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Murray/Skupski Keep London Hopes Alive In Sofia

  • Posted: Nov 12, 2020

Jamie Murray and Neal Skupski advanced to their third final of the season on Thursday at the Sofia Open to extend their Nitto ATP Finals qualification bid.

The British pair saved all three break points they faced to overcome Fabrice Martin and Hugo Nys 7-6(4), 6-7(2), 10-4 in just under two hours. Murray and Skupski must win the Sofia title to have any chance of qualifying for the eight-team event, which will be held at The O2 in London from 15-22 November.


If the top seeds in Sofia, Jurgen Melzer and Edouard Roger-Vasselin, beat Tomislav Brkic and Marin Cilic on Friday, they will qualify for the Nitto ATP Finals for the first time as a team.

Murray and Skupski are bidding to capture their first team title in the Bulgarian capital. The second seeds reached their first two ATP Tour championship matches as a pair earlier this year at the Western & Southern Open and the Erste Bank Open.

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Groups Are Set For 2020 Nitto ATP Finals

  • Posted: Nov 12, 2020

Novak Djokovic, who will be bidding to earn a record-trying sixth trophy at the season finale, learned his group for the 2020 Nitto ATP Finals on Thursday. The World No. 1 leads Group Tokyo 1970 alongside Daniil Medvedev, Alexander Zverev and Diego Schwartzman.

Djokovic has a 39-3 match record on the season and has qualified for the season finale 13 times. He triumphed at the event in 2008 and 2012-15.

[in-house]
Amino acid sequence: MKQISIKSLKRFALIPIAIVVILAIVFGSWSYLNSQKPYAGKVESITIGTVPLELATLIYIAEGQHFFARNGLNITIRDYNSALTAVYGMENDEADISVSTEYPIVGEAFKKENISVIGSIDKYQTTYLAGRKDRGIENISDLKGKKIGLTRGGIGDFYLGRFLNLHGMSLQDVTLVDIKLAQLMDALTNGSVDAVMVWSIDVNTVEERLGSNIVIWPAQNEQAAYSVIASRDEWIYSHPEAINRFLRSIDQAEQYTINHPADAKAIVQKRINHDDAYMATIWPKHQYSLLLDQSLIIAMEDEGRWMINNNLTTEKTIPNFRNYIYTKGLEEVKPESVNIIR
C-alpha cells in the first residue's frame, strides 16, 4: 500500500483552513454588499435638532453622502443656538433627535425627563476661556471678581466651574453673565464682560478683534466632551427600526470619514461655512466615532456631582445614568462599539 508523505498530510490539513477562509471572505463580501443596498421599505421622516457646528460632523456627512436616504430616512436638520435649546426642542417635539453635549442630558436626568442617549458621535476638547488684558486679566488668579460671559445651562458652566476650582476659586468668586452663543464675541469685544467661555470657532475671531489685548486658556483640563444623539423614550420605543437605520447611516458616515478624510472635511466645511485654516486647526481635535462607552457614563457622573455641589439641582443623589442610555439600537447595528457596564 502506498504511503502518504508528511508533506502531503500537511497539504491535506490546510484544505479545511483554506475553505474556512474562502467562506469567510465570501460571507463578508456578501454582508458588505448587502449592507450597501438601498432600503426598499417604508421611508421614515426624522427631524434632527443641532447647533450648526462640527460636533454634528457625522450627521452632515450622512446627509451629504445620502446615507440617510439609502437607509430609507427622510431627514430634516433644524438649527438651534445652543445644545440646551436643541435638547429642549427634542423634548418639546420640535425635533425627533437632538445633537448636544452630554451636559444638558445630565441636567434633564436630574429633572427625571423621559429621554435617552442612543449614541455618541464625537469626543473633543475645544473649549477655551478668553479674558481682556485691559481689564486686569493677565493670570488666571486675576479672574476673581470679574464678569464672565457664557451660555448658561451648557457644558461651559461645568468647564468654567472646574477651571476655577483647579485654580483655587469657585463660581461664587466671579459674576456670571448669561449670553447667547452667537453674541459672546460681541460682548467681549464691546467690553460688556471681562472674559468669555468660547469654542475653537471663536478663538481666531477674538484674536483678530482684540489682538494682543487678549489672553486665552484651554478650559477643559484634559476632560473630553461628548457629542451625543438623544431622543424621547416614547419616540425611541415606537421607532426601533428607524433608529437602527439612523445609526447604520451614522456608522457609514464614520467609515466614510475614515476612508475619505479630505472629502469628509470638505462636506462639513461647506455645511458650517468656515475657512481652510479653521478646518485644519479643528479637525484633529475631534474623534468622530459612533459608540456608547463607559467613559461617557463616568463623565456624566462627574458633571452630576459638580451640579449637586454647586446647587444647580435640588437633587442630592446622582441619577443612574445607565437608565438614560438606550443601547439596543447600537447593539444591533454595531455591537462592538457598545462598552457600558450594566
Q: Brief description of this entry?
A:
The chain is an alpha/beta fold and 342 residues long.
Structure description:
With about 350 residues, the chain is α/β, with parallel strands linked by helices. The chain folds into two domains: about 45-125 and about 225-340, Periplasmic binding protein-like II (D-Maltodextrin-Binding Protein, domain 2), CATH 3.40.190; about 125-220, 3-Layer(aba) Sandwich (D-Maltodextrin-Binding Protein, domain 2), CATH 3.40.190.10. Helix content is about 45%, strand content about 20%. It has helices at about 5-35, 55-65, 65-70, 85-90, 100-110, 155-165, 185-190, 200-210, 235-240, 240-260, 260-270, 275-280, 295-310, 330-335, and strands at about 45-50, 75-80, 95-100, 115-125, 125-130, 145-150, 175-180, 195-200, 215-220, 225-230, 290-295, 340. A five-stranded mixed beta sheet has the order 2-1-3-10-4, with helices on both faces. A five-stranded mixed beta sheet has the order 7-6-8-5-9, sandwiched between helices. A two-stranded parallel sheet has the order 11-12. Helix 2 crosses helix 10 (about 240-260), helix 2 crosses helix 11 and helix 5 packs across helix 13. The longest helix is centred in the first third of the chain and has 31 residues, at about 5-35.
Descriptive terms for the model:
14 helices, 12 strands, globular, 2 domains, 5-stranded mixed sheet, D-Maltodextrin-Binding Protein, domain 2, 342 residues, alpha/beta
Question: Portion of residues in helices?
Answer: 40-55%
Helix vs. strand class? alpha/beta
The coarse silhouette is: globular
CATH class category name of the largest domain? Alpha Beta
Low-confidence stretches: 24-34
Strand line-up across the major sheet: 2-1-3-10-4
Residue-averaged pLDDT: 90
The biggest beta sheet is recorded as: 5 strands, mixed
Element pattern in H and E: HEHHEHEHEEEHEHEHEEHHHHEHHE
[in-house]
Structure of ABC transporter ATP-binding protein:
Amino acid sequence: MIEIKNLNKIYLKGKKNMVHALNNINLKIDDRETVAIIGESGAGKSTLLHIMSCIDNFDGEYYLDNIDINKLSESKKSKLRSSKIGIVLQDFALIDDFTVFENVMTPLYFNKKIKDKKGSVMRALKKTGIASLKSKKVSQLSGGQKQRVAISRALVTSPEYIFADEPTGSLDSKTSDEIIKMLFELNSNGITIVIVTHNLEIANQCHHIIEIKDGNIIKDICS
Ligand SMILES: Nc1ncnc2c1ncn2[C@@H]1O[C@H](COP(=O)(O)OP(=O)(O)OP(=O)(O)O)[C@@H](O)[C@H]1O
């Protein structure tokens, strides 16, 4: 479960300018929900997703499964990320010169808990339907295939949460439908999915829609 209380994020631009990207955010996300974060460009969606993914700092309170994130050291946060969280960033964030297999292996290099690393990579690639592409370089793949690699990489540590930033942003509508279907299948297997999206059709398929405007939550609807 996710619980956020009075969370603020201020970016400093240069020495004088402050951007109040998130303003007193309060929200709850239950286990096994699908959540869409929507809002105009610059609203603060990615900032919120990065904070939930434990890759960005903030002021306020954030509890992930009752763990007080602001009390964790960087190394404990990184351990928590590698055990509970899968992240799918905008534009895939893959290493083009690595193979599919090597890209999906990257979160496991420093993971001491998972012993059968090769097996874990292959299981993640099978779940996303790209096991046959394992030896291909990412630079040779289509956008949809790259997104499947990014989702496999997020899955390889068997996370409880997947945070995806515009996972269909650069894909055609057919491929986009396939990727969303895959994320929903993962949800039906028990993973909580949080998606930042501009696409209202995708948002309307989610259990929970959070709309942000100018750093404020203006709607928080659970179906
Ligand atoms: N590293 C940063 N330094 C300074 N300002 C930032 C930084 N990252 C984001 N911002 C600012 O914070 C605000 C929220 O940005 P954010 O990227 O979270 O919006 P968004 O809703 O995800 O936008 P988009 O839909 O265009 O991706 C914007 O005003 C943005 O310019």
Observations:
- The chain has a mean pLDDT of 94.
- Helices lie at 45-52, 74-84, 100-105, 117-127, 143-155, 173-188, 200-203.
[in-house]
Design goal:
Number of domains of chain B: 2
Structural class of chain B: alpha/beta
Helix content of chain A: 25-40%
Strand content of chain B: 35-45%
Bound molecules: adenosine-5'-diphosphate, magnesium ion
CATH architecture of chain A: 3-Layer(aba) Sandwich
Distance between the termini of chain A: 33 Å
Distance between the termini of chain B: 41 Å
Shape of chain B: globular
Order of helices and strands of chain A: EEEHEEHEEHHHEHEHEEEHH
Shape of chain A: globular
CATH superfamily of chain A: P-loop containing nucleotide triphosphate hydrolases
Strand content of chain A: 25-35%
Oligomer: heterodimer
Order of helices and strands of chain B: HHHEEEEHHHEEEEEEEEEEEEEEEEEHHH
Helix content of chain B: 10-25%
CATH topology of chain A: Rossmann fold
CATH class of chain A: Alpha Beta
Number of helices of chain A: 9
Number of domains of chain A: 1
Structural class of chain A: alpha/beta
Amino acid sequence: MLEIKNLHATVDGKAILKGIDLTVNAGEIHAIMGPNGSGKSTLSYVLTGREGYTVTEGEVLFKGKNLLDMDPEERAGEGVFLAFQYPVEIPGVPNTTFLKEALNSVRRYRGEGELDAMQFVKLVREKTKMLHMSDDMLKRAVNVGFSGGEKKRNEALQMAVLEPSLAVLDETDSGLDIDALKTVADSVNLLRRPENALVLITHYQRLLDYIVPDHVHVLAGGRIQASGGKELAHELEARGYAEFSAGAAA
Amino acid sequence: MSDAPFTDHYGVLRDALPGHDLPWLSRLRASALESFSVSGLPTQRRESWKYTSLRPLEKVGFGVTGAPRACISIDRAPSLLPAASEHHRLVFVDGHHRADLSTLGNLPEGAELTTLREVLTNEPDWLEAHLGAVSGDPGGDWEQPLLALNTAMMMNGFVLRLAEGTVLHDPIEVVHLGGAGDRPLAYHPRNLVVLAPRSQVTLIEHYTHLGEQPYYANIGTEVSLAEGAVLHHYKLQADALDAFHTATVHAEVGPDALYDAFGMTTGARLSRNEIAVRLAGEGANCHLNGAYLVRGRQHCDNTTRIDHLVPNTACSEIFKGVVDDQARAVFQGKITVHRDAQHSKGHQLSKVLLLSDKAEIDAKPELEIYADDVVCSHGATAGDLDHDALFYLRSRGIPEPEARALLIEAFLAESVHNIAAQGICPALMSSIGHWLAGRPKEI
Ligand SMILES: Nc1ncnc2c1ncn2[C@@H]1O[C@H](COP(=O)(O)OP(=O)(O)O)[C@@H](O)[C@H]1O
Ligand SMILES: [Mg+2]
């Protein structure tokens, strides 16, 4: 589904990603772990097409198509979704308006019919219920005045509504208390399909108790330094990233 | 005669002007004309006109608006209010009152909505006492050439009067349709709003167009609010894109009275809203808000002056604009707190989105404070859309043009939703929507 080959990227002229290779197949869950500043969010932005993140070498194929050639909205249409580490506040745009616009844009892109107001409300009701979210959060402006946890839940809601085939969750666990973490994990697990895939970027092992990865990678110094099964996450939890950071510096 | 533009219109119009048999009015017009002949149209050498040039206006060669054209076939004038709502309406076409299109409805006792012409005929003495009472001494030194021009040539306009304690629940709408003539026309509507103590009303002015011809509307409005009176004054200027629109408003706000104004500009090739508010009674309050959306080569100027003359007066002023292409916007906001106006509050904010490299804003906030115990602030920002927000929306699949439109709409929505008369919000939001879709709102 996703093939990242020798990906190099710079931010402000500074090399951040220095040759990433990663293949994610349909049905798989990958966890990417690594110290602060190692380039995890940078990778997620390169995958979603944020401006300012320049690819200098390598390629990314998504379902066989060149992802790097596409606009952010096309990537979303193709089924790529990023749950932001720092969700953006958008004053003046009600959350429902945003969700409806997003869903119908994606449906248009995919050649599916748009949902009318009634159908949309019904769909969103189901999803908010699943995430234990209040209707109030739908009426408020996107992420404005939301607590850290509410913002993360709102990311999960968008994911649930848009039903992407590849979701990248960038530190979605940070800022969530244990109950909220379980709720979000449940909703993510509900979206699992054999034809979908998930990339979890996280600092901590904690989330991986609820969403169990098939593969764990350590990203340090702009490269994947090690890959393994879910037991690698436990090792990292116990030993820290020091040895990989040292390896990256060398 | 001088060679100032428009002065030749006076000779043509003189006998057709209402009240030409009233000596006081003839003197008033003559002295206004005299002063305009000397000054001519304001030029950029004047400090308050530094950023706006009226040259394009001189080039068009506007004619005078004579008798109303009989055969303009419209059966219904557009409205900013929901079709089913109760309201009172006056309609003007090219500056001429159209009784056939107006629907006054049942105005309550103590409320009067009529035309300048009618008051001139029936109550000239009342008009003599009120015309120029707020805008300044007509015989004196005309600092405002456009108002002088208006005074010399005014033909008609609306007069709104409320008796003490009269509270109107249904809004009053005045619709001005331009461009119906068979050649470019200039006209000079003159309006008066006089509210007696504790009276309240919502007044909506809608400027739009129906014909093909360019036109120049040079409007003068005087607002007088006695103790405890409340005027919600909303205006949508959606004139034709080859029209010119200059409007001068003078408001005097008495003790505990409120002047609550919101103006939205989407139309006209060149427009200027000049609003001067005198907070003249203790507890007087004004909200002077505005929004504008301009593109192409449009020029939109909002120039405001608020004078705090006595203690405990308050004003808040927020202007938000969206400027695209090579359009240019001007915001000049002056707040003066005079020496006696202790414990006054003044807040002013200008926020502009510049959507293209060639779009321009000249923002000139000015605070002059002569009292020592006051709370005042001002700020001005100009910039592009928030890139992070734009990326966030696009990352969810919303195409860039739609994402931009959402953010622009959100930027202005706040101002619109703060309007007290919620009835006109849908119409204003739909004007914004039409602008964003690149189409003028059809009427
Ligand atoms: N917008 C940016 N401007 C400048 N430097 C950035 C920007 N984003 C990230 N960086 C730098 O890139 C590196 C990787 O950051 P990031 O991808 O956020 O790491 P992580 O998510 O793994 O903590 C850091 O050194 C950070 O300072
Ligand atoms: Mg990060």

Nadal, who has earned his spot at the prestigious event for a record 16 consecutive years, leads Group London 2020 alongside Dominic Thiem, Stefanos Tsitsipas and Andrey Rublev. Nadal, who has a 25-5 record in 2020 with two titles, has earned a berth at the Nitto ATP Finals every season starting in 2005.

Group Tokyo 1970
Novak Djokovic
Daniil Medvedev
Alexander Zverev
Diego Schwartzman

Group London 2020
Rafael Nadal
Dominic Thiem
Stefanos Tsitsipas
Andrey Rublev

The other two former champions of the event are 2019 champion Tsitsipas and 2018 titlist Zverev. Thiem, the third seed, captured his first Grand Slam title this year at the US Open. Rublev and Schwartzman are first-time competitors at the event.

The singles draw for the 2020 Nitto ATP Finals, to be held at The O2 in London from 15-22 November, was made on Thursday and broadcast on BBC Radio 5 Live’s ‘5 Live Drive’ featuring ATP Supervisor Gerry Armstrong and 1970 tournament champion Stan Smith.

“If you look at this draw, you look at Medvedev and Zverev, who just played in the finals against each other in Paris last week, they obviously are playing quite well. They’re going to be pushing Novak in that group,” Smith said on the broadcast. “But on the other side, Rublev has really been hot overall for the year, it’s unbelievable. Tsitsipas is the defending champion and Thiem is the US Open champion, so Rafa’s got his hands full with those three guys.”


Seven different countries are represented in the elite eight-man singles field. Four played aged 24 and under will compete at The O2. This is the 50th Anniversary of the Nitto ATP Finals, which was first held in 1970 in Tokyo, where Smith lifted the trophy. It is the tournament’s 12th and final edition in London. Next year, the season finale will move to Turin, Italy.

Italian Matteo Berrettini, the 2019 qualifier, and Canadian Denis Shapovalov are first and second alternates, respectively, in the singles field.


CENTRE COURT start 12:00 noon
Doubles TBD Doubles TBD

Not Before 2:00 pm
[3] D. Thiem (AUT) vs [6] S. Tsitsipas (GRE)

Not Before 6:00 pm
Doubles TBD Doubles TBD

Not Before 8:00 pm
[2] R. Nadal (ESP) vs [7] A. Rublev (RUS)